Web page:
How Seeing My Childhood With Mental Illness in the Media Has Helped My Recovery
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If you’ve experienced sexual abuse or assault, the following post could be potentially triggering. You can contact The National Sexual Assault Telephone Hotline at 1-800-656-4673.
Growing up in the foster care system, I did not have anyone who had grown up with an experience similar to mine. It took a negative toll on my mental health and caused me to experience depression and anxiety. No one I knew had experienced foster care, let alone suffered the death of two parents by the age of 9. Everyone in my circle had their parents. Everyone’s parents looked young.
I felt alone and lost in the world — isolated and ashamed. I did not have the representation of foster care or mental illnesses that we have today. I did not have YouTube, blogs, or the internet to turn to.
When I entered college, I had a daunting statistic against me — only three percent of former foster youth graduate college with a Bachelor’s degree. I was charting my own path in school, and as far as I knew, I was the only former foster child at my college.
The first time I saw foster care represented in the media, I was 20 years old. I watched the show “The Secret Life of the American Teenager,” where one of the characters, Ricky Underwood, was in foster care and went to therapy. In the series, I saw him confront his mother and father for abusing him. I also saw him struggle with the effects of sexual abuse. This validated my experience because Ricky experienced some of the same emotions I had experienced in my own life. His struggle to find his way in the world and not be defined by his abuse was similar to my struggle. This show also helped me realize I needed to go to therapy to address my own childhood abuse and trauma.
I continued to find media representation of my experiences. I saw the short film “ReMoved” and its sequel, “ReMoved Part 2: Remember My Story” about Zoe Locke’s journey through foster care, her decision to break the generational cycles of domestic violence and foster care in her family, and her journey to become an art teacher while never forgetting her past. She was a person I admired for overcoming her childhood abuse and finding a path in education as a teacher. I wanted to find my path as a clinical social worker.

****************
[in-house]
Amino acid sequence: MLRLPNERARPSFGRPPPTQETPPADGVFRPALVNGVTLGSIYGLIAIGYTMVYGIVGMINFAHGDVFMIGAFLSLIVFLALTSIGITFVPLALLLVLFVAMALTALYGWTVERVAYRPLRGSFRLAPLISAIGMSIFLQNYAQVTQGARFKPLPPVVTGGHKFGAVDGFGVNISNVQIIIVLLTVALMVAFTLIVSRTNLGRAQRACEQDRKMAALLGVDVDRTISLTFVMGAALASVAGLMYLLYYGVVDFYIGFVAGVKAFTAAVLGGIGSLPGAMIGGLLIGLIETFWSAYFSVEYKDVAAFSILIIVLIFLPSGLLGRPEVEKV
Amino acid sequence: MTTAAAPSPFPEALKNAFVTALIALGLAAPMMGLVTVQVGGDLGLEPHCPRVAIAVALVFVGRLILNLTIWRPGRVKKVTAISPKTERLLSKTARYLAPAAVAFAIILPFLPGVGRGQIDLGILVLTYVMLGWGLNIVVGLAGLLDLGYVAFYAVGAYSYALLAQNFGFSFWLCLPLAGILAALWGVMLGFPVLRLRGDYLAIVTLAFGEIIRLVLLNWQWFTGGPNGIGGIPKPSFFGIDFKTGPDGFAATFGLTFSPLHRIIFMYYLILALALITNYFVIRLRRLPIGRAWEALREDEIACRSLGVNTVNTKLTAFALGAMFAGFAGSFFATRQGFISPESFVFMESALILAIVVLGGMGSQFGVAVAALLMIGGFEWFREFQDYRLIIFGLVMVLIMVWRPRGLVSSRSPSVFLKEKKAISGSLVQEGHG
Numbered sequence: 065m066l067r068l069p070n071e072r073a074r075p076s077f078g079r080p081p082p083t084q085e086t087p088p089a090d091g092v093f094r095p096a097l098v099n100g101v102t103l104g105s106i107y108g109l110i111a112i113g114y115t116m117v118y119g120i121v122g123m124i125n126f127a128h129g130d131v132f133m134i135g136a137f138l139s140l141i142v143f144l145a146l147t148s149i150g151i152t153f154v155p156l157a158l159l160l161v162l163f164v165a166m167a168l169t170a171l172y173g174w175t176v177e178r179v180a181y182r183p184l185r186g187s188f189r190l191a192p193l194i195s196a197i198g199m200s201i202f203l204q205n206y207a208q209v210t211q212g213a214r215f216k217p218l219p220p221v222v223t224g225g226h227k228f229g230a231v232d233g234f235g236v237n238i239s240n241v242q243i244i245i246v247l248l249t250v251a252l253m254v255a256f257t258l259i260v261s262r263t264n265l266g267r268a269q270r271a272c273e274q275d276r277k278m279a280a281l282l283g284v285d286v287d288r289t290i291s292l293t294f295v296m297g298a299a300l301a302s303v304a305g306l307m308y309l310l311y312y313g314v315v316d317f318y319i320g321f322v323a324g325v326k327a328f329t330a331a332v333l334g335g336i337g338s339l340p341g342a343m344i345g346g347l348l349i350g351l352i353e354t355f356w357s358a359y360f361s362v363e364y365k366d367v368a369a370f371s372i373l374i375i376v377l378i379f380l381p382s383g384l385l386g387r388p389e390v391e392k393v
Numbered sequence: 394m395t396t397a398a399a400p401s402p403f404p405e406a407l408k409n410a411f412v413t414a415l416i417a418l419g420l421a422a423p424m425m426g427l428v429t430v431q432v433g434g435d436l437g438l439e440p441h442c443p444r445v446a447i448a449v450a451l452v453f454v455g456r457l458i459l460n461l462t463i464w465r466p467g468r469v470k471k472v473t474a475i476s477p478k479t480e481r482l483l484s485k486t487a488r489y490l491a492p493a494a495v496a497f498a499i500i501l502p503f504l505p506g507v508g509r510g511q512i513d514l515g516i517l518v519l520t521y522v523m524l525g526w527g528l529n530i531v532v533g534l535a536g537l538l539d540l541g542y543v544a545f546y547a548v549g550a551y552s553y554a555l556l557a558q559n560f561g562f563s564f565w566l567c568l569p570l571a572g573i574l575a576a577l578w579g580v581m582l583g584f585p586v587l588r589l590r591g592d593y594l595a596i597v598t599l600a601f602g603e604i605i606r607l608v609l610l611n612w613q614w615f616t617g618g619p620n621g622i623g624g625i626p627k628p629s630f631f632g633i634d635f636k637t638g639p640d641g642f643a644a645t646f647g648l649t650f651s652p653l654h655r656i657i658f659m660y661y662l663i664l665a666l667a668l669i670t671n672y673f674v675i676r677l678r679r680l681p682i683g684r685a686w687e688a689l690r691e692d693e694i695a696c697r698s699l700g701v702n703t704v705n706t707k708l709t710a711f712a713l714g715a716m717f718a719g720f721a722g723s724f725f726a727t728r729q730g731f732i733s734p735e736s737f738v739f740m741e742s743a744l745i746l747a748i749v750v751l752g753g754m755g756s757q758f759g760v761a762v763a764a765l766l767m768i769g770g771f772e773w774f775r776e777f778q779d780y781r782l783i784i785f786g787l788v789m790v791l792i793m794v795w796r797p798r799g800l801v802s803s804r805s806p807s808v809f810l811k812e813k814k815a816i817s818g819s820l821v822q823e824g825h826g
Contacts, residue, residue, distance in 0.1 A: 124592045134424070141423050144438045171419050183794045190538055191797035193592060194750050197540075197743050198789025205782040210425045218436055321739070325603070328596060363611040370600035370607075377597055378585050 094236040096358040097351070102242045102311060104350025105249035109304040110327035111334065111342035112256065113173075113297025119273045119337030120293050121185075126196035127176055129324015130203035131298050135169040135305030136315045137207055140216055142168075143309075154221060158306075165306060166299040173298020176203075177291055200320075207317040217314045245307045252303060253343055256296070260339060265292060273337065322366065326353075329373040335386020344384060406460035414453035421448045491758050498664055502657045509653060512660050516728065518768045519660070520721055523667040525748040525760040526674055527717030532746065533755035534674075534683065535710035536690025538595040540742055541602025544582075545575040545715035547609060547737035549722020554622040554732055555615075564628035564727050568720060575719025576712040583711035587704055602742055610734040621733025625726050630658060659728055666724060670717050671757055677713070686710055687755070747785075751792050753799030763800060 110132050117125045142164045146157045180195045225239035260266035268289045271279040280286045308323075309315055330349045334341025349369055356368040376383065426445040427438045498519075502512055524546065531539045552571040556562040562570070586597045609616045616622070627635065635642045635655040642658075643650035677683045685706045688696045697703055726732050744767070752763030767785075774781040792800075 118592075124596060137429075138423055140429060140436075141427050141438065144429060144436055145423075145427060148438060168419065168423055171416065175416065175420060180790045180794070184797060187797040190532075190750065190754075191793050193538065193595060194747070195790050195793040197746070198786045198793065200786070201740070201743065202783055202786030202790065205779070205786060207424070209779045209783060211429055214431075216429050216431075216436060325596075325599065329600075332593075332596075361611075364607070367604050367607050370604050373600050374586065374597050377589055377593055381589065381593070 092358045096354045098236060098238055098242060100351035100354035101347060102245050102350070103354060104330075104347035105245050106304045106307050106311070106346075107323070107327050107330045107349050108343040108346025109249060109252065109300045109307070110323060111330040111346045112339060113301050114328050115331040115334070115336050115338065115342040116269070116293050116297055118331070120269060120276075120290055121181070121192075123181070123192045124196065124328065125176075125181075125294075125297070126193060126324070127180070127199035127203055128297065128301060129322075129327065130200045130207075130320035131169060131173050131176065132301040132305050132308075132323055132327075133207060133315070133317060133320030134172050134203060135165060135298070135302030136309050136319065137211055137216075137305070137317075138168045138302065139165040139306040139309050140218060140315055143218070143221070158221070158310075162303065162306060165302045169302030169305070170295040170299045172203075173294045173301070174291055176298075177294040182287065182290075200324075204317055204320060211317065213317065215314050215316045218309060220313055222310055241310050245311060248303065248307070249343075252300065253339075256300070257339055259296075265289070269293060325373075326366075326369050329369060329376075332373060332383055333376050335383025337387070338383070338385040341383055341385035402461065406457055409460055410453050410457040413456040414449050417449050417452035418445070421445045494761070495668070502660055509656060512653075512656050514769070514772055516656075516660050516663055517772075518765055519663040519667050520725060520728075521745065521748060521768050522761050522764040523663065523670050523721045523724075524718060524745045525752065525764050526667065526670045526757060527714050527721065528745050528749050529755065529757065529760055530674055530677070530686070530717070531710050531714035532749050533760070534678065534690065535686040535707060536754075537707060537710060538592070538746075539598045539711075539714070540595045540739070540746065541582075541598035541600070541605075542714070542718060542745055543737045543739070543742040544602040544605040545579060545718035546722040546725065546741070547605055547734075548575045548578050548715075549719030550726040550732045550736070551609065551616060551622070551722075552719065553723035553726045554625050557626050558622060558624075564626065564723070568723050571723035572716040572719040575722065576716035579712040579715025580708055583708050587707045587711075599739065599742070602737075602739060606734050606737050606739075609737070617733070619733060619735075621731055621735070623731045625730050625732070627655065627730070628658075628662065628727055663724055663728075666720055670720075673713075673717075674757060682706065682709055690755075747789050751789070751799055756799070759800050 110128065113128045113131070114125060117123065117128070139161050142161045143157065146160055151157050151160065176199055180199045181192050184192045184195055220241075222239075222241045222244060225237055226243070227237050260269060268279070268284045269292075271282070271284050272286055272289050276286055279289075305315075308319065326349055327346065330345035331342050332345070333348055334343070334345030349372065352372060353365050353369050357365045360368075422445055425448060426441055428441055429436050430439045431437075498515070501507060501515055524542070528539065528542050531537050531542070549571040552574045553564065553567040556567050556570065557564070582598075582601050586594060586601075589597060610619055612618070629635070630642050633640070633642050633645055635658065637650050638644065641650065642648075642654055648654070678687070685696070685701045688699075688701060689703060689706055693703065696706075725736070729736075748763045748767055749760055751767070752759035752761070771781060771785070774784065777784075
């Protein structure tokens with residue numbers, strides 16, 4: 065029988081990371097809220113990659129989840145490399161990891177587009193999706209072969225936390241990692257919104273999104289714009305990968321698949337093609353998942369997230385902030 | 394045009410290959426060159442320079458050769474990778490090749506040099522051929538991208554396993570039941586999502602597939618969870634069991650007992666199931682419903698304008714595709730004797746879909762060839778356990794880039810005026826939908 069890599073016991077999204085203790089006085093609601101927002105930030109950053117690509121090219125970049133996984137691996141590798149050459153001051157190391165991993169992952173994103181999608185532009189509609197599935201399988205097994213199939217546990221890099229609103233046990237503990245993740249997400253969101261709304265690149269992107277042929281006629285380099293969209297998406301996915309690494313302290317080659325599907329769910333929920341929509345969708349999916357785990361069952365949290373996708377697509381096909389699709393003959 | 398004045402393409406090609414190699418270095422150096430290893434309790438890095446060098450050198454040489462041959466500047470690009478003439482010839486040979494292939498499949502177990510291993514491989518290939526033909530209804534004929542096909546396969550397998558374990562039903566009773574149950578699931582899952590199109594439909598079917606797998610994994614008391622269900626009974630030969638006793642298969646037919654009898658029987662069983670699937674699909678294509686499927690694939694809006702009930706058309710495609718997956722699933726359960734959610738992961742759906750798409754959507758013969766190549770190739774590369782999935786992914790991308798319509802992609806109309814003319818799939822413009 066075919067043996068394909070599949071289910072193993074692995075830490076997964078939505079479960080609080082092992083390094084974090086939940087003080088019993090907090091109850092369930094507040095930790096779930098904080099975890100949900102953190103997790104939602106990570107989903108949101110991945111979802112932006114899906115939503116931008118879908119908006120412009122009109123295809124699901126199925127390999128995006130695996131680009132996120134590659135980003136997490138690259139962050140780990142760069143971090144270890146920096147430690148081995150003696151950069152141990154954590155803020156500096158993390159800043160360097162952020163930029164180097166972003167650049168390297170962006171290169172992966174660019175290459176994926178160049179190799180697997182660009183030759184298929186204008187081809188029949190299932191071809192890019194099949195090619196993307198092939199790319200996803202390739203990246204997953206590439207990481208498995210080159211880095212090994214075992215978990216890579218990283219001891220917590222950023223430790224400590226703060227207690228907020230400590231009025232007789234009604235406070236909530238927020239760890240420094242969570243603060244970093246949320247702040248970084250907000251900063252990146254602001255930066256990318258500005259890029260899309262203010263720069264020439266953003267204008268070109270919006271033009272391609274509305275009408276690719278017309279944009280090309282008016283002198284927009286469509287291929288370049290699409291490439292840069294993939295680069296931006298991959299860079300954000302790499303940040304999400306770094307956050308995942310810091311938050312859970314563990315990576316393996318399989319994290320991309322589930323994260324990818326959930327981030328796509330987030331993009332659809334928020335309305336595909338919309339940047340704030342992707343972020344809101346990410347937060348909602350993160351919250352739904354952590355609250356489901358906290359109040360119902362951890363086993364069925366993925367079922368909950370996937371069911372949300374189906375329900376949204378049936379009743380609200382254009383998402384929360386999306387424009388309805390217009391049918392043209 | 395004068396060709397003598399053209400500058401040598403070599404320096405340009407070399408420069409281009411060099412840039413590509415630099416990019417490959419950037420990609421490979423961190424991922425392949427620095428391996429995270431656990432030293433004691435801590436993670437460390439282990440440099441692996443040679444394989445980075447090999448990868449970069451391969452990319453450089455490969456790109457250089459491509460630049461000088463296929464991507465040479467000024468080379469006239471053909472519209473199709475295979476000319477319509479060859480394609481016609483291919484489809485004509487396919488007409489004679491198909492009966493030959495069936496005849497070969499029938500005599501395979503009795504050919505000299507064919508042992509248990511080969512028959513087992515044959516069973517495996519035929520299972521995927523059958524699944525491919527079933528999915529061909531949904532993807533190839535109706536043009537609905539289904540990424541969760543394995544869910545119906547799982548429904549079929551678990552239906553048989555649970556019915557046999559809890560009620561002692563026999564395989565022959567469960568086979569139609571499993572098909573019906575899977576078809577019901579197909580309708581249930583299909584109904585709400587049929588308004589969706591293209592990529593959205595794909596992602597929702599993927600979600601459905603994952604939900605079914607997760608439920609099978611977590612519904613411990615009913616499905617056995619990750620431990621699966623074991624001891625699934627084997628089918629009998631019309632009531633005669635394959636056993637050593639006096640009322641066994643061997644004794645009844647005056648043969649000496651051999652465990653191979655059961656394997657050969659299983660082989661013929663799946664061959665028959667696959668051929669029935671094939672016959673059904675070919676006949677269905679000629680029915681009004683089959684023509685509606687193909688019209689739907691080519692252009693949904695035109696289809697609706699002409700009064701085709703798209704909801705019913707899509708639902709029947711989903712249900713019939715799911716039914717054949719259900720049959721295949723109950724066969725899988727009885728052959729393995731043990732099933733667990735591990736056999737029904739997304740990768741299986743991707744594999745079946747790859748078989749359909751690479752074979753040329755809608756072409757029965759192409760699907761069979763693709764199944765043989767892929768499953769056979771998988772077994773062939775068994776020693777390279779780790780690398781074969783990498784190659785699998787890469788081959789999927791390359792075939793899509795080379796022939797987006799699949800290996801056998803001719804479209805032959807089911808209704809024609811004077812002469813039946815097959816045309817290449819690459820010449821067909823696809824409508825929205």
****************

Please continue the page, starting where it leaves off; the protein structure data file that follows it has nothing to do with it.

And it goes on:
Most recently, I discovered Elyn R. Saks, a 66-year-old university law school professor who lives with schizophrenia, survived cancer, gives TEDx Talks, and once struggled with suicidal ideation. Her book, “The Center Cannot Hold,” changed my life. I hung onto hope that my life could be free of suicidal ideation. I hoped that in spite of my mental illness, I could still fight to create a life I could be proud of. I felt seen, like I no longer had to hide my mental illness.
I felt like if Elyn Saks could live without suicidal ideation and defy all the stereotypes associated with schizophrenia, then I could do the same with my post-traumatic stress disorder (PTSD), anxiety, and depression. I felt like I could make a difference in the world! This professor made a difference as a lawyer, and I want to do the same as a clinical social worker.
Today, I am working towards my second Master’s degree and my LCSW, and I work in the mental health field. I felt like my mental illness was “winning” for three years, but I keep managing to thrive and not let my mental illness and former foster care status define me. I guess I am more like my heroes than I initially thought!
This is why representation matters. This is why we share our stories of lived experience — so that others can feel seen and heard and share their own life stories. Representation can help others out of a dark place and provide hope.